Antibiotic resistance poorly communicated and widely misunderstood

31 July 2015  •  Author: Victoria White

People in the UK have little awareness of what ‘antibiotic resistance’ means and how it might affect their health, according to new research commissioned by the Wellcome Trust.


By conducting a series of interviews and focus groups in London, Manchester and Birmingham, researchers found that most people, if they had heard of antibiotic resistance at all, thought that it was their body which becomes resistant to antibiotics, rather than the bacteria that cause drug-resistant infections.

This misconception often makes people feel like antibiotic resistance is someone else’s problem. Few of those interviewed think they overuse or misuse antibiotics so therefore they mistakenly think resistance will not be a problem for them. One person interviewed during the research said, “The more you take, the more your body becomes resistant to it. They stop working, but I don’t take them very often.”

The research, conducted by the consultancy firm Good Business, suggested that people understand the concept more readily when doctors, the media and other communicators talk about “drug-resistant infections” or “antibiotic-resistant germs”, rather than “antibiotic resistance”. This makes it easier to understand that it is bacteria that acquire resistance, not people’s bodies.

Failure to complete a course of antibiotics can be a major factor in the development of drug-resistant infections

The misconception could help to explain why many people who are prescribed antibiotics fail to complete the course, believing that this will prevent their bodies from becoming resistant. In fact, failure to complete a course of antibiotics can be a major factor in the development of drug-resistant infections, as it exposes germs to enough of the drug to promote resistance, but not enough to kill them.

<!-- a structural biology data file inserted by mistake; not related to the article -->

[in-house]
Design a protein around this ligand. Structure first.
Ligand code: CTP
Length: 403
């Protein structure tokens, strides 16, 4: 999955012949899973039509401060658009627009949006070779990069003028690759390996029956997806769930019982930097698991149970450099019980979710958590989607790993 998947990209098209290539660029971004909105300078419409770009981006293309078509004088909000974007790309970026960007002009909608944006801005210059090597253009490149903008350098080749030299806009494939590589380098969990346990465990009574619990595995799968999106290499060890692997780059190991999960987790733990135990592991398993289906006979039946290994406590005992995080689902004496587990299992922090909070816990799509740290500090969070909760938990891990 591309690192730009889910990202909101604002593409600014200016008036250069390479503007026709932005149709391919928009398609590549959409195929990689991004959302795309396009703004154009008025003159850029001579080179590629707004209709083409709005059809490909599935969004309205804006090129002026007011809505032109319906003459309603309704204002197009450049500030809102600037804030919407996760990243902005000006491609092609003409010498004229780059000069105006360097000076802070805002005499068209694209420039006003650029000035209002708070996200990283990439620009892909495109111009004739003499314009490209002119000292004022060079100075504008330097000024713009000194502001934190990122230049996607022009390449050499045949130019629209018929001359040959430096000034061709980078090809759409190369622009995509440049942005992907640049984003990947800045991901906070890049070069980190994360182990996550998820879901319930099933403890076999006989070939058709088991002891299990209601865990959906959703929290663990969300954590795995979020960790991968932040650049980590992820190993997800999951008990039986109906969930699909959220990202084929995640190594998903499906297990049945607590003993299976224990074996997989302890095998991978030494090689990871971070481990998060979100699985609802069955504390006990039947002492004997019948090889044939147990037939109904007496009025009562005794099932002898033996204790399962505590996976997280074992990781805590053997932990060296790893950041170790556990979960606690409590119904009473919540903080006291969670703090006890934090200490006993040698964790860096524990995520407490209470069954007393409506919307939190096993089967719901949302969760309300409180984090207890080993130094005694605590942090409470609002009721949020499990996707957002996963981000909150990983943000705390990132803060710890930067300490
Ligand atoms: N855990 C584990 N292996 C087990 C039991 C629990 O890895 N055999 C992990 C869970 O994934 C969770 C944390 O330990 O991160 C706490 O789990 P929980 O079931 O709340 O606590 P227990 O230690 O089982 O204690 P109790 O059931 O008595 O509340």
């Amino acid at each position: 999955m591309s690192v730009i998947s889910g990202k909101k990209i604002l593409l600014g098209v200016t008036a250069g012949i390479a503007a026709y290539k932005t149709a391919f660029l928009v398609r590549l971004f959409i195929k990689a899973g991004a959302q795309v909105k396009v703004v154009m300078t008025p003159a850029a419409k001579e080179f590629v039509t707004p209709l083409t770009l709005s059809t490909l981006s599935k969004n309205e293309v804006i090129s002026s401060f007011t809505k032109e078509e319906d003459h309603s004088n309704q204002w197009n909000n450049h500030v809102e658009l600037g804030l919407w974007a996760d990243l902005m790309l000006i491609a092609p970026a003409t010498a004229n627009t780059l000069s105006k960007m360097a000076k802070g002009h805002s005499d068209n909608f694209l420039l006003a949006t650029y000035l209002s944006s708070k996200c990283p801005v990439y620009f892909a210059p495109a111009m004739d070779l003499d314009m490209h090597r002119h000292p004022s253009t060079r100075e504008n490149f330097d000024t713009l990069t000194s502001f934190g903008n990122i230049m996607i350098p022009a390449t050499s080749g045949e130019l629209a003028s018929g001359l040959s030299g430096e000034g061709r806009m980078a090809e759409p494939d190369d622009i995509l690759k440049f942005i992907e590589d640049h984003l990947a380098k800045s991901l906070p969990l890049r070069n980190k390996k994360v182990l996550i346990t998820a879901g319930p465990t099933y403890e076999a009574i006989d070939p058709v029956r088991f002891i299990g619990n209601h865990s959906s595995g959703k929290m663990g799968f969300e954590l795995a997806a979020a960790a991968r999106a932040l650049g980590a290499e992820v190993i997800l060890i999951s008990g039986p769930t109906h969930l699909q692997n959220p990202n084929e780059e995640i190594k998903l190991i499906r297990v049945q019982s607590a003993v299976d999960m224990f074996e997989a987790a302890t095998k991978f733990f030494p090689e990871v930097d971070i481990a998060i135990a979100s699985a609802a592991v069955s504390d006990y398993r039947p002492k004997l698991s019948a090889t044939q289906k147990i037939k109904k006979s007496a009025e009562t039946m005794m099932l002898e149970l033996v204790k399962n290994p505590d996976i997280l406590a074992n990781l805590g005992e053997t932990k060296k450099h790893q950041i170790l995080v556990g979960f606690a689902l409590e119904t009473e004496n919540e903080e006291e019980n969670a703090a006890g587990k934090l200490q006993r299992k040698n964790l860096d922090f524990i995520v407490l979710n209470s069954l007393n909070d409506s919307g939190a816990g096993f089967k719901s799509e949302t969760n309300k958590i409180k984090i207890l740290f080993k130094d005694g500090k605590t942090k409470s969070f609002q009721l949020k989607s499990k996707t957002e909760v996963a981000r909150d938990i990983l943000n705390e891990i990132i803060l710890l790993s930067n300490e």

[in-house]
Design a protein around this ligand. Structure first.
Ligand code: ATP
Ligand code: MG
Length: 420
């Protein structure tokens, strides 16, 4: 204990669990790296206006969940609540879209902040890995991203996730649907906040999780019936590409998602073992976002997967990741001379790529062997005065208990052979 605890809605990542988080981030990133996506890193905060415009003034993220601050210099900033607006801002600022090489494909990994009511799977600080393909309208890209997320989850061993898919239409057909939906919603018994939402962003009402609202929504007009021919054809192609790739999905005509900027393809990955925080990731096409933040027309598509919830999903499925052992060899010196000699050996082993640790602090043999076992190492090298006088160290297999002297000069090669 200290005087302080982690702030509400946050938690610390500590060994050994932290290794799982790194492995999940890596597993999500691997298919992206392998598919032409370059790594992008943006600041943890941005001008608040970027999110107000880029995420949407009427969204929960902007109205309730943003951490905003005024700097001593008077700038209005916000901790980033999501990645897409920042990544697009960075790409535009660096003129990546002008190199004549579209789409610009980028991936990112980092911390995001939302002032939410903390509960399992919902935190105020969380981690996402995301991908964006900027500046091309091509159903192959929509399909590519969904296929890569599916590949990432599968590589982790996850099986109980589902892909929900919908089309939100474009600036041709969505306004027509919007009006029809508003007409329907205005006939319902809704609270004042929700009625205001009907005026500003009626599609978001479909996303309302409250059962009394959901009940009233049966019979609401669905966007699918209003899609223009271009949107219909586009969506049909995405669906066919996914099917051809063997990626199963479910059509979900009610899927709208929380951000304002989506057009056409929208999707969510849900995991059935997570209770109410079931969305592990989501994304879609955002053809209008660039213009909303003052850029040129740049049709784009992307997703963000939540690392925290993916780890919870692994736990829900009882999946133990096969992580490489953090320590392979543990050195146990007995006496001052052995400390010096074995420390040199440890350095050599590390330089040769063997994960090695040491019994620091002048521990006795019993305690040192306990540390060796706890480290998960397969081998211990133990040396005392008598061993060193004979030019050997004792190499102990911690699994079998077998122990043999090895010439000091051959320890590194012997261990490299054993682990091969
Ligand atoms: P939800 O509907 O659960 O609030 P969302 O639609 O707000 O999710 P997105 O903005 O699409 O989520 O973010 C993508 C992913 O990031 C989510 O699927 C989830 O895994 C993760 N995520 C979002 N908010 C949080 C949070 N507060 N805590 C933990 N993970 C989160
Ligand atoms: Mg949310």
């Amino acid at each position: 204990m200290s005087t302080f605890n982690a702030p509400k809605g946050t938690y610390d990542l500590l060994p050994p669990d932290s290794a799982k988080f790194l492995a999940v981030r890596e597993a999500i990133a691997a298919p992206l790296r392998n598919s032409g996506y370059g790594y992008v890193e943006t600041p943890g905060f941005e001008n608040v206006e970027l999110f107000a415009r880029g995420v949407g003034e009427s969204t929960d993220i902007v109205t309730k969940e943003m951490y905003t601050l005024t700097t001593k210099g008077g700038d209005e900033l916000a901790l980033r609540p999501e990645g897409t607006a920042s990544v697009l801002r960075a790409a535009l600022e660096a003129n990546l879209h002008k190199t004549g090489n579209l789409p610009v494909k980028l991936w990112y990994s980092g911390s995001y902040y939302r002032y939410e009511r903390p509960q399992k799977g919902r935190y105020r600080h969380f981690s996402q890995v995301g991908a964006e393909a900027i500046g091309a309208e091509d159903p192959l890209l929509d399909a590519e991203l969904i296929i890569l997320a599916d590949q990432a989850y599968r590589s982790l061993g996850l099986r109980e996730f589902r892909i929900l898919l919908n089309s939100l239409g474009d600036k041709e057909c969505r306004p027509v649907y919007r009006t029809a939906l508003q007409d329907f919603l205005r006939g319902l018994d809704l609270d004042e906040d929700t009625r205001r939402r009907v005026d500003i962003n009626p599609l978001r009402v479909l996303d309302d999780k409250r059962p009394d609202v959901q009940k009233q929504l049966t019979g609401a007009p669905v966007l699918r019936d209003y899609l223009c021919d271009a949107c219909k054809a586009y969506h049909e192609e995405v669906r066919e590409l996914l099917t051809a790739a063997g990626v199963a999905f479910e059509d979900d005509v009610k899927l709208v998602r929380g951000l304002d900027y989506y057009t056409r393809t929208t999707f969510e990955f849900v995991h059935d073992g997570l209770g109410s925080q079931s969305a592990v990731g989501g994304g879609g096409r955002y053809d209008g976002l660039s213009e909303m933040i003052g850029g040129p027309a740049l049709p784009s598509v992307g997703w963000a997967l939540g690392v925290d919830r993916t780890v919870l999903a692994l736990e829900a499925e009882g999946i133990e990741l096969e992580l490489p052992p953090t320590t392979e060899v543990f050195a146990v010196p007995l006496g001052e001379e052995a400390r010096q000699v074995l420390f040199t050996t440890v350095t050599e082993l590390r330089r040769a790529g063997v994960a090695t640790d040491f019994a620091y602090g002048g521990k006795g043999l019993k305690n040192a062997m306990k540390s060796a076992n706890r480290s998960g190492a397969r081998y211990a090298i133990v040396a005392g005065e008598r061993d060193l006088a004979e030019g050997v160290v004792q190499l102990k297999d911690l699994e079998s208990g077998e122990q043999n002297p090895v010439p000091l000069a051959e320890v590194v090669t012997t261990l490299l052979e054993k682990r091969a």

The research also revealed that the language that is currently used by the media and scientists to describe the problem of antibiotic resistance is meaningless or puts people off. For example, reports that estimate antibiotic resistance could cost the economy trillions of dollars, or lead to millions of extra deaths a year, were found by participants to be difficult to grasp, leaving them feeling distanced from the problem.

In comparison, people were much more receptive when they were presented with real examples of how antibiotic resistance could affect them or their families, or with reference to specific bacterial infections that they might have had.

People deploy a series of tactics to ensure they are prescribed antibiotics to validate that they are ill

Another consistent finding was that people have a positive relationship with antibiotics. Interviewees felt that getting them was validation that they were ill, both for themselves and others, and that they hadn’t “wasted the doctor’s time or my own”. This means that in many cases people want to be prescribed antibiotics, whatever the nature of the illness they have, and will deploy a series of tactics to ensure they do, which may contribute to antibiotic overuse.

Mark Henderson, Head of Communications at the Wellcome Trust, said, “Wider awareness of the problem of drug-resistant infections could be an important part of the solution, as people who appreciate the issue should be more likely to accept medical advice when antibiotics aren’t the right option for them. It was encouraging to see that a small shift in language, from ‘antibiotic resistance’ to ‘drug-resistant infections’, could do so much to build this understanding. We’ll be using this at the Wellcome Trust, and would encourage doctors, other health professionals and the media to use it as well.”

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